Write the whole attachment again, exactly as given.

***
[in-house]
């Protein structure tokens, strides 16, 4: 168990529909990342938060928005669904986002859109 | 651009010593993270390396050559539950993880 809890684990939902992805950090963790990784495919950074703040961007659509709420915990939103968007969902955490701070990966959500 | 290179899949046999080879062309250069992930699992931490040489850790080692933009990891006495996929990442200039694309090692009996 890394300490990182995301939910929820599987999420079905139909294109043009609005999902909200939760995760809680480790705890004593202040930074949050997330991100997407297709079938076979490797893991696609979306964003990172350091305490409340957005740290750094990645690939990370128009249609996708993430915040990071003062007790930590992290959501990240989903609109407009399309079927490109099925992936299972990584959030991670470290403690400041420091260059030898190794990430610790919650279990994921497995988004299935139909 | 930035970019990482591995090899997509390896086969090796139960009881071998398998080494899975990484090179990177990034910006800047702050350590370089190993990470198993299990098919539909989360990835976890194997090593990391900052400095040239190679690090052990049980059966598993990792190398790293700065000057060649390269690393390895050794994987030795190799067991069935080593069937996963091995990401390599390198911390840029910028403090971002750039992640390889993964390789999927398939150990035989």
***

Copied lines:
[in-house]
């Protein structure tokens, strides 16, 4: 168990529909990342938060928005669904986002859109 | 651009010593993270390396050559539950993880 809890684990939902992805950090963790990784495919950074703040961007659509709420915990939103968007969902955490701070990966959500 | 290179899949046999080879062309250069992930699992931490040489850790080692933009990891006495996929990442200039694309090692009996 890394300490990182995301939910929820599987999420079905139909294109043009609005999902909200939760995760809680480790705890004593202040930074949050997330991100997407297709079938076979490797893991696609979306964003990172350091305490409340957005740290750094990645690939990370128009249609996708993430915040990071003062007790930590992290959501990240989903609109407009399309079927490109099925992936299972990584959030991670470290403690400041420091260059030898190794990430610790919650279990994921497995988004299935139909 | 930035970019990482591995090899997509390896086969090796139960009881071998398998080494899975990484090179990177990034910006800047702050350590370089190993990470198993299990098919539909989360990835976890194997090593990391900052400095040239190679690090052990049980059966598993990792190398790293700065000057060649390269690393390895050794994987030795190799067991069935080593069937996963091995990401390599390198911390840029910028403090971002750039992640390889993964390789999927398939150990035989």